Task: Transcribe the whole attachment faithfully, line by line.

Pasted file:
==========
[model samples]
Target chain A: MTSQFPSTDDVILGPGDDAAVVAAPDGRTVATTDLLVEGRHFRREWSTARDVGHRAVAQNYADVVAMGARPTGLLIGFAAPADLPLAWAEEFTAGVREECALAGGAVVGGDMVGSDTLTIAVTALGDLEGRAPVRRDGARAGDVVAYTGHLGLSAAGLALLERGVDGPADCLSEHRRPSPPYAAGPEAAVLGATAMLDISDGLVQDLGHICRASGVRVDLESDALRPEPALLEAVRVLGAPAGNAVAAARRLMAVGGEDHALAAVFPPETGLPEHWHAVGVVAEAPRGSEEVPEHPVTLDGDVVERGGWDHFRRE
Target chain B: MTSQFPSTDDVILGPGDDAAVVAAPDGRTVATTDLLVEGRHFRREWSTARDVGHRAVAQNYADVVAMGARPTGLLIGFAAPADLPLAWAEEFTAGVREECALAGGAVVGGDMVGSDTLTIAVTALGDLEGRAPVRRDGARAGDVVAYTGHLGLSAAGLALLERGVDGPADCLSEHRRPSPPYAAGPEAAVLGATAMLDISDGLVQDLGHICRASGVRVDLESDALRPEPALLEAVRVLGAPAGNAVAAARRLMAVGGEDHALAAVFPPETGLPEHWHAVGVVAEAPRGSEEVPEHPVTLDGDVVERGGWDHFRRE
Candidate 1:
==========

[model samples]
Target chain A: MTSQFPSTDDVILGPGDDAAVVAAPDGRTVATTDLLVEGRHFRREWSTARDVGHRAVAQNYADVVAMGARPTGLLIGFAAPADLPLAWAEEFTAGVREECALAGGAVVGGDMVGSDTLTIAVTALGDLEGRAPVRRDGARAGDVVAYTGHLGLSAAGLALLERGVDGPADCLSEHRRPSPPYAAGPEAAVLGATAMLDISDGLVQDLGHICRASGVRVDLESDALRPEPALLEAVRVLGAPAGNAVAAARRLMAVGGEDHALAAVFPPETGLPEHWHAVGVVAEAPRGSEEVPEHPVTLDGDVVERGGWDHFRRE
Target chain B: MTSQFPSTDDVILGPGDDAAVVAAPDGRTVATTDLLVEGRHFRREWSTARDVGHRAVAQNYADVVAMGARPTGLLIGFAAPADLPLAWAEEFTAGVREECALAGGAVVGGDMVGSDTLTIAVTALGDLEGRAPVRRDGARAGDVVAYTGHLGLSAAGLALLERGVDGPADCLSEHRRPSPPYAAGPEAAVLGATAMLDISDGLVQDLGHICRASGVRVDLESDALRPEPALLEAVRVLGAPAGNAVAAARRLMAVGGEDHALAAVFPPETGLPEHWHAVGVVAEAPRGSEEVPEHPVTLDGDVVERGGWDHFRRE
Candidate 1: